In a randomized, placebo-controlled, double-blind crossover design, 15 trained males undertook exercise trials during two 4 wk supplementation periods, with either 3 g L-Carnitine L-tartrate (LCLT) or 3 g placebo (P) daily. Total carbohydrate and fat oxidation during 90 min steady state cycling were not different between 0 or 4 wk within LCLT or P trials (mean ± standard deviation: carbohydrate oxidation P0 99 ± 36, P4W 111 ± 27, LCLT0 107 ± 33, LCLT4W 112 ± 32 g, respectively; fat oxidation P0 99 ± 28, P4W 92 ± 21, LCLT0 94 ± 18, LCLT4W 90 ± 22 g, respectively). Subsequent 20 km time trial duration was shorter after P (P0 31:29 ± 3:50, P4W 29:55 ± 2:58 min:s, P < 0.01), with no significant change over LCLT (LCLT0 31:46 ± 4:06, LCLT4W 31.19 ± 4.08 min:s). Four weeks LCLT supplementation had no effect on substrate utilization or endurance performance.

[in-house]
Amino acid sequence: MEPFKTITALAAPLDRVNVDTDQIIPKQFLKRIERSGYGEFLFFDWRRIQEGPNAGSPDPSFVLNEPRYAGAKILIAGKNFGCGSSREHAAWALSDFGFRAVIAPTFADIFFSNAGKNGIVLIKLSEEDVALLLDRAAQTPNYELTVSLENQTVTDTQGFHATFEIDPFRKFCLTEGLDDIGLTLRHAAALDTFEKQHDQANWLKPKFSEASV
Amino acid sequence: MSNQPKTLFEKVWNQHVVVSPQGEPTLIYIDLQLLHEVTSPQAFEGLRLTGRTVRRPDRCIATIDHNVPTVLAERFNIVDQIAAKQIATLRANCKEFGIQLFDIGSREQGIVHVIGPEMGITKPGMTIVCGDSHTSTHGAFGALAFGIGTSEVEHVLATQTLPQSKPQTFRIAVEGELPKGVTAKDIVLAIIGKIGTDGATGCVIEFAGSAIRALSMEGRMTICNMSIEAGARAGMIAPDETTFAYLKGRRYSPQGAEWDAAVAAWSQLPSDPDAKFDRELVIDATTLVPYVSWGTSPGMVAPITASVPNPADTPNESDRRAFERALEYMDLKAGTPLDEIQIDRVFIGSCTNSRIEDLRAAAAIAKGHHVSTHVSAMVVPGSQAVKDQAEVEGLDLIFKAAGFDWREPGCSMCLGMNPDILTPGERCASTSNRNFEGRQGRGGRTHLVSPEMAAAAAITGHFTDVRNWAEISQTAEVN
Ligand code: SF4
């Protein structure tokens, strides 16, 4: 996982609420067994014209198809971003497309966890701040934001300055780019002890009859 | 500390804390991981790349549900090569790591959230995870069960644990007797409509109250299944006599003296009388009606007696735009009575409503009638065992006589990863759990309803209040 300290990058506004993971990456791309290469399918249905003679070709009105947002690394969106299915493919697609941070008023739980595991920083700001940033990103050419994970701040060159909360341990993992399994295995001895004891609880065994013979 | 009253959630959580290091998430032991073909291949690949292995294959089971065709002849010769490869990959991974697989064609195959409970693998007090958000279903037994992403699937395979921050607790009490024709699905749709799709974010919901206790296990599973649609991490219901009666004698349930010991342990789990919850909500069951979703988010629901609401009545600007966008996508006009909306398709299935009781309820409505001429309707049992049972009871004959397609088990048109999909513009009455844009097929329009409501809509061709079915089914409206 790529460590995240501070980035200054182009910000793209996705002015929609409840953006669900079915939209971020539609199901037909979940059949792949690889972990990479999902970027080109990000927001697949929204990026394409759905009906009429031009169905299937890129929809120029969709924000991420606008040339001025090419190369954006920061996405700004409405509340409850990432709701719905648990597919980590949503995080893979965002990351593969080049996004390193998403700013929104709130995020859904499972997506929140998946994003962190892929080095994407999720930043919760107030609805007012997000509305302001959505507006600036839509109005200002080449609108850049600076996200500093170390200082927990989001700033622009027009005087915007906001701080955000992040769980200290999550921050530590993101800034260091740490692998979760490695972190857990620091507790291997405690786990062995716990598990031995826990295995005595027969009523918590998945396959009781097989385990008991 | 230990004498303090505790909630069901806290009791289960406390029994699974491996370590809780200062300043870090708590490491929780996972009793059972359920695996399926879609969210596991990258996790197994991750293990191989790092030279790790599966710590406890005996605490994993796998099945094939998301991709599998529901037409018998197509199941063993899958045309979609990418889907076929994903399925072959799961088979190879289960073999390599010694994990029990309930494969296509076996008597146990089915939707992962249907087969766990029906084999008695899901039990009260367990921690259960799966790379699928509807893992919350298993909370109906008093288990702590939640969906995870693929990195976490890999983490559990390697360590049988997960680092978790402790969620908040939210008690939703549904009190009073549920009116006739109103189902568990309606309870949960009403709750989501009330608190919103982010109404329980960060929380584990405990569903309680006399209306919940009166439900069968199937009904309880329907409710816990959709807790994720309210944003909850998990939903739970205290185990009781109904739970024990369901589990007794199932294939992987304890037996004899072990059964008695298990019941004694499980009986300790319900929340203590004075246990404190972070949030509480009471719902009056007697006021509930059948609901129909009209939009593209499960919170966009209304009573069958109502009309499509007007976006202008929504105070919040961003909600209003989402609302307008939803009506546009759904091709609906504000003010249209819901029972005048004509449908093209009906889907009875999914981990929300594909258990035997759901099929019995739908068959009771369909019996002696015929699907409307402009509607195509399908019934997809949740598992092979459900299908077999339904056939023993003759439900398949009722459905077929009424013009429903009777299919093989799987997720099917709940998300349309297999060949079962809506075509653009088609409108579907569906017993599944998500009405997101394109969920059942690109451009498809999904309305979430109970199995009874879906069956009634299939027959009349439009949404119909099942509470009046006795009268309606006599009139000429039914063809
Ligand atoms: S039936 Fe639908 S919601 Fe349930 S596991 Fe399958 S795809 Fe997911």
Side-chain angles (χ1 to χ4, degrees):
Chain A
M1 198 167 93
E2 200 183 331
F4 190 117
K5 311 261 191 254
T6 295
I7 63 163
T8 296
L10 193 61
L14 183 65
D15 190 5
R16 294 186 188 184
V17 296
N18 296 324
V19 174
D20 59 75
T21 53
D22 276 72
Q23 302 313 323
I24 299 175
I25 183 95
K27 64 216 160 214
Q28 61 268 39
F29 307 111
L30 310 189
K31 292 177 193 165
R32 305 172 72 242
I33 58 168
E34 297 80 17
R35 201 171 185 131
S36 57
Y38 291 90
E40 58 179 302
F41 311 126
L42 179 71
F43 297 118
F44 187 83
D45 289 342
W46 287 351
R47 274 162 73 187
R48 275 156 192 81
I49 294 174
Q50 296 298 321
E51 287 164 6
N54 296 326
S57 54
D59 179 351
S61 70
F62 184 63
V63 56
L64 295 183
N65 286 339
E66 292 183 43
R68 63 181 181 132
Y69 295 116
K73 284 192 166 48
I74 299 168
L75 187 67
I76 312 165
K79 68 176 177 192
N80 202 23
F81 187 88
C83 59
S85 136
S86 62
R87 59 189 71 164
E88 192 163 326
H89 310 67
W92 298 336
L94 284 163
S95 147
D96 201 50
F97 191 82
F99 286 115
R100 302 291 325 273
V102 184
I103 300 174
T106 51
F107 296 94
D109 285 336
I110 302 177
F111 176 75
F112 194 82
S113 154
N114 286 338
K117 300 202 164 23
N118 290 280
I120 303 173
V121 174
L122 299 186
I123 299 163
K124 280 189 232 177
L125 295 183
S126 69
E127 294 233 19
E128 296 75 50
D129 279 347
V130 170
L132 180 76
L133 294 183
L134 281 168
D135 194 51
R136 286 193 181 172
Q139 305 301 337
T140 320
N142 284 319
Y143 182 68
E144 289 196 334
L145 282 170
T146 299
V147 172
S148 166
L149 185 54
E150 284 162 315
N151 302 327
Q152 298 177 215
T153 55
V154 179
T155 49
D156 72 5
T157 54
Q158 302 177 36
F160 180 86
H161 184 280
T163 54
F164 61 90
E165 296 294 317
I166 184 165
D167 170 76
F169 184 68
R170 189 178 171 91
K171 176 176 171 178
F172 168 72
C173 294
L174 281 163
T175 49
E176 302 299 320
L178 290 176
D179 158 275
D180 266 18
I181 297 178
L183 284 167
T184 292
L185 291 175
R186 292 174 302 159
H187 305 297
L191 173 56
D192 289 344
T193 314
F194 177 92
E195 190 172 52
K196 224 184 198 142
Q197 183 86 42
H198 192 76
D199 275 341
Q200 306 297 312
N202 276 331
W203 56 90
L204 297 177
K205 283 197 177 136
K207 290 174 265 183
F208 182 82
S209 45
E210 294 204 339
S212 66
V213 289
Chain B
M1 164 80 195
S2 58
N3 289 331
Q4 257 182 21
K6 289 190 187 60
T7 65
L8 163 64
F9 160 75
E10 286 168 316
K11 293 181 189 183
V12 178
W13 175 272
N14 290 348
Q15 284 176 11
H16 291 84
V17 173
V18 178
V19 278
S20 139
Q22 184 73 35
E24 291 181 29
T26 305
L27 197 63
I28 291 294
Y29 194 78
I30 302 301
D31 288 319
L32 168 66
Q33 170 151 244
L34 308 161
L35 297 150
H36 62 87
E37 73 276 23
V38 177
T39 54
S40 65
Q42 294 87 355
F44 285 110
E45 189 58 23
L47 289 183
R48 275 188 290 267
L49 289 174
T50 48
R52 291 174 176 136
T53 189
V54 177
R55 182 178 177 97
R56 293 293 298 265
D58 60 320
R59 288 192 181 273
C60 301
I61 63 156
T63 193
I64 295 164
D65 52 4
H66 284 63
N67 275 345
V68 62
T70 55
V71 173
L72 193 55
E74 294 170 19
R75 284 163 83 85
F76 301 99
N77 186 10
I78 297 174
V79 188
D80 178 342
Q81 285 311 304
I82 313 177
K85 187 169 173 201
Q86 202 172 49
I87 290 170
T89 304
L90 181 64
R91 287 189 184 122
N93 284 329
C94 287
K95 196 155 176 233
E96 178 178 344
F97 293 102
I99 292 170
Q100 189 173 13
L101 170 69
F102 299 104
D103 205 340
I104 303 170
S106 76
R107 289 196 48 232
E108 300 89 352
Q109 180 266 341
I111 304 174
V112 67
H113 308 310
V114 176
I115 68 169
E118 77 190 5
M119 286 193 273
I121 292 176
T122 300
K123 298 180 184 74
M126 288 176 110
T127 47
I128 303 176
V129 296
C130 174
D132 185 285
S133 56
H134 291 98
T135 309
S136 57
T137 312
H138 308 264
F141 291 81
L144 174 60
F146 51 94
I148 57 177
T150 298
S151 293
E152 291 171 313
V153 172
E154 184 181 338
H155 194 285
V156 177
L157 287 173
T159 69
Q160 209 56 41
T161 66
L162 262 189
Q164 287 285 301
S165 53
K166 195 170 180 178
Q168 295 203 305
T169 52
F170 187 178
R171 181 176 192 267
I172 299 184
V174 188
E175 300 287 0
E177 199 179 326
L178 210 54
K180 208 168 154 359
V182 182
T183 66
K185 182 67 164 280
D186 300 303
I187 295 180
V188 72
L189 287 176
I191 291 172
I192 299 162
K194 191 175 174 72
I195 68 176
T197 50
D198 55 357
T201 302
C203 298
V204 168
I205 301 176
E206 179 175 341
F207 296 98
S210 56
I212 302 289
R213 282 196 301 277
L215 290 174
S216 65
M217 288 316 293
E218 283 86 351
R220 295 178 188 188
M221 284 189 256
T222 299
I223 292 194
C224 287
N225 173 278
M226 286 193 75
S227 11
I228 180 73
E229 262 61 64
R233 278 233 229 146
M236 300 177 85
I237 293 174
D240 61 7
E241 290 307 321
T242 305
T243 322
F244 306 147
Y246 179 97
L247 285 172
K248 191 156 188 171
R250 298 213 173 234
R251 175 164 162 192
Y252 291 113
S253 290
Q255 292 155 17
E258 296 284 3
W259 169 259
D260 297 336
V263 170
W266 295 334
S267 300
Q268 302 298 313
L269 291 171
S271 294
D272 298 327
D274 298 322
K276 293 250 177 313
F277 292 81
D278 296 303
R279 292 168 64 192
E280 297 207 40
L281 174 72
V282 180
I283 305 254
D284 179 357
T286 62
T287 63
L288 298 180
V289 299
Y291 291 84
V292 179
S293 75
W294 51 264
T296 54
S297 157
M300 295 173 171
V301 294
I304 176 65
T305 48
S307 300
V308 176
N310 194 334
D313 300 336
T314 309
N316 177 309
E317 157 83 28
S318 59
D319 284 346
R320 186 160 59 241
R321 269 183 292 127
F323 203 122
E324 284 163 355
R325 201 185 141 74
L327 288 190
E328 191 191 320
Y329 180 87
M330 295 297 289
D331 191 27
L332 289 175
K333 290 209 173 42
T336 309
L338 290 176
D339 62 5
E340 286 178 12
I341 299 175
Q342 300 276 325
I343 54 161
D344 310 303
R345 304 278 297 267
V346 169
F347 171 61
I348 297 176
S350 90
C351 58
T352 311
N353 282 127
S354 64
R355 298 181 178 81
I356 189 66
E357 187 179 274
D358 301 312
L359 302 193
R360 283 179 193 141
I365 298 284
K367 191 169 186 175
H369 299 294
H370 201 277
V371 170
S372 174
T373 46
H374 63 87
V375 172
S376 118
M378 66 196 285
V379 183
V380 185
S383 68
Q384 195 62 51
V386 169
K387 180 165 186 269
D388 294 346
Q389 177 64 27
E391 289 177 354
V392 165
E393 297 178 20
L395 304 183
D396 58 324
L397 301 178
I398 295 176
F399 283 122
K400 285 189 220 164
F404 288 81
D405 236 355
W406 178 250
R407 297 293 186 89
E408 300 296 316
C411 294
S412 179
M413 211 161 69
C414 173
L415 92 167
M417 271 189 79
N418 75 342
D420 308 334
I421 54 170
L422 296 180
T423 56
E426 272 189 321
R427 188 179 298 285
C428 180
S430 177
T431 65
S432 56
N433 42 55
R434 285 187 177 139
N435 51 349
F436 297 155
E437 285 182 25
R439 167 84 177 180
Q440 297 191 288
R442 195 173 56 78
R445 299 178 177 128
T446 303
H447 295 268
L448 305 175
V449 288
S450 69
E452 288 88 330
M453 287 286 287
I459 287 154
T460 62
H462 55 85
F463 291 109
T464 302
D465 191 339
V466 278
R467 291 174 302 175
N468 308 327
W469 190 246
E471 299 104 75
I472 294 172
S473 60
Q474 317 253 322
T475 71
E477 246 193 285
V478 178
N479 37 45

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Nancy L. Keim, Amy Z. Belko and Teresa F. Barbieri

Energy expenditure (EE) was measured at specific steady-state work rates to determine if body fat percentage or gender was associated with exercise EE, substrate oxidation, or work efficiency. Body fat percentage (leaner vs. fatter men, 9-15% vs. 20-25% fat; leaner vs. fatter women, 16-24% vs. 32-48% fat) was not related to work efficiency or submaximal EE. Fatness affected substrate oxidation in men but not in women. Compared to fatter men, leaner men had higher fat oxidation (6.7 ± 1.6 vs. 1.4 ± 2.0 mg · kg fat-free mass [FFM]1 · min1; p < .01) and lower carbohydrate oxidation (26.6 ± 4.2 vs. 39.3 ± 5.0 mg ⋅ kg FFM1min1; p< .01) at 60% V˙O2max. When men and women of similar fatness and relative aerobic capacity were compared, men had higher EE measured as kilojoules per minute but similar rates of EE and substrate oxidation per kilogram of FFM at 40-60% V˙O2max. It was concluded that body FFM, not fatness, is a determinant of exercise EE, whereas fatness is associated with differences in exercise substrate oxidation in men. Along with aerobic fitness, gender and fatness should be considered in future studies of exercise substrate oxidation.